Finally, I think people would appreciate soccer more if someone explained how the game is played. When I started watching hockey in the early 1970s, Bill Chadwick was the announcer for the Rangers. He was a former referee. Hockey can be very difficult to follow at first, especially why refs are blowing the whistle. Chadwick would take the time to explain what an offside was, or icing, or a high stick. It would be nice if the soccer announcers did this once in a while, so those new to the game don't watch it thinking, "Why are those guys just standing around," or "What did he do wrong there?"
6.27.2006 11:21am
LTEC (mail) (www):
I have two questions about low scoring in soccer.

1) Has scoring always been so low, or is it a relatively recent phenomenon?

2) If low scoring is so good, why not change the game to make it even lower (for example, shrink the net)?

I suspect that most rules stay the way they are because of tradition and conservatism, rather than because they somehow optimize something.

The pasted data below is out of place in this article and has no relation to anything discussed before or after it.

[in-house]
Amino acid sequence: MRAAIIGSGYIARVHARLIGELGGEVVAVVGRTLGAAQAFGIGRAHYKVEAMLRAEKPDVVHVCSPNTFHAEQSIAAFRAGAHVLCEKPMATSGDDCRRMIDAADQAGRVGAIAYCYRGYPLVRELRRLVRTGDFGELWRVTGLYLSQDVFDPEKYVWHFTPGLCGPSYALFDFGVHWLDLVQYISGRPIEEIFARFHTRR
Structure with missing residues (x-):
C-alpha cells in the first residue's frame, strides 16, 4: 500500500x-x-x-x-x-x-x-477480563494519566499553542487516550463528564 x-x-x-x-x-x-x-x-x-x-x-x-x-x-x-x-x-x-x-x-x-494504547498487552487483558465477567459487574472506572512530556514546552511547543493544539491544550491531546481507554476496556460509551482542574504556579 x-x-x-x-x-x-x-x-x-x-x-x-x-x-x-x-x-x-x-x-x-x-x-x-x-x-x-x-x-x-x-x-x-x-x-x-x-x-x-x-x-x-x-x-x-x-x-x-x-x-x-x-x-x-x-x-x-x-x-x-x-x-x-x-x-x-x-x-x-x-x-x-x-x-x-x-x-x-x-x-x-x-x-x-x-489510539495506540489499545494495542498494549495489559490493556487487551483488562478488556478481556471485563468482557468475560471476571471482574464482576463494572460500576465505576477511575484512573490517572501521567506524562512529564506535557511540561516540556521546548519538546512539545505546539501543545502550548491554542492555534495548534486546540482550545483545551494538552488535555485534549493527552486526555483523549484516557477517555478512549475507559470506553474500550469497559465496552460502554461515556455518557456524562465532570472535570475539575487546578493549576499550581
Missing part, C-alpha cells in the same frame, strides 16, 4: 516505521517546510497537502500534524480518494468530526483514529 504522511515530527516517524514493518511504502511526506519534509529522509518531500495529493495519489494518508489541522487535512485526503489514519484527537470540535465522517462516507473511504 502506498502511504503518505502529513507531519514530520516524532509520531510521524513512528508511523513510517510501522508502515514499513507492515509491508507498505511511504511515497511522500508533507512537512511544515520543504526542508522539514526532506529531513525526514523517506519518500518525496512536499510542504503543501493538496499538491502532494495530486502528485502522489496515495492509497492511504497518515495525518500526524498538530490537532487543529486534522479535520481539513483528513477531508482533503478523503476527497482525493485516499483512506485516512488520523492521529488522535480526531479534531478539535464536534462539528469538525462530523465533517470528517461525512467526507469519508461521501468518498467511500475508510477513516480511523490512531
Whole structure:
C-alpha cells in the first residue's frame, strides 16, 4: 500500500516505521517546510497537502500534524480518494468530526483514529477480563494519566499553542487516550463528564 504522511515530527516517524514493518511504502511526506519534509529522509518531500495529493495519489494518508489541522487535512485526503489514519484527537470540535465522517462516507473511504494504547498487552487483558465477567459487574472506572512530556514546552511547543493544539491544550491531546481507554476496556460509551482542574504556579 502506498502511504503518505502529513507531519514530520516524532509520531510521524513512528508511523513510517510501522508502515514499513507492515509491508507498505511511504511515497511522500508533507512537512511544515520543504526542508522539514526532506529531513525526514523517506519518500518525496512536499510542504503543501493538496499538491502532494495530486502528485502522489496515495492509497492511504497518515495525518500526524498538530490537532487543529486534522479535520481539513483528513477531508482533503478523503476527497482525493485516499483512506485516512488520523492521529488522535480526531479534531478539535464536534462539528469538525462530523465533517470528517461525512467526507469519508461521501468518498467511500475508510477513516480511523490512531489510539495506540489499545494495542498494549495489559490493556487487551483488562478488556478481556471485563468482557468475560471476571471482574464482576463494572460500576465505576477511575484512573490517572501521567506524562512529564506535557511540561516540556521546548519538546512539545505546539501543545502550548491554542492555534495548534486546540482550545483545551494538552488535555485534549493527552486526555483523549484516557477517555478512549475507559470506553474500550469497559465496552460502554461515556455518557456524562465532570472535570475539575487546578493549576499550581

6.27.2006 11:57am
Jody (mail):
Correcting an incorrect assertions...

The actual worldwide viewership of the 2002 World Cup Final was 217 million (See page 7, pdf warning)

Actual American viewership for Super Bowl 38 (2004) was 89.6 million. (same link, see page 1)

It is likely correct that more people watch the World Cup final than the Super Bowl, but it is definitely incorrect to assert an order of magnitude difference. At best there is no more than 2.5 times more viewers of the World Cup final than viewers of the Super Bowl.

Note: FIFA sometimes hypes the Final as 1.5 billion viewers and the NFL the SuperBowl at 1 billion, but those are potential viewers and actual surveys typically put the numbers much much lower.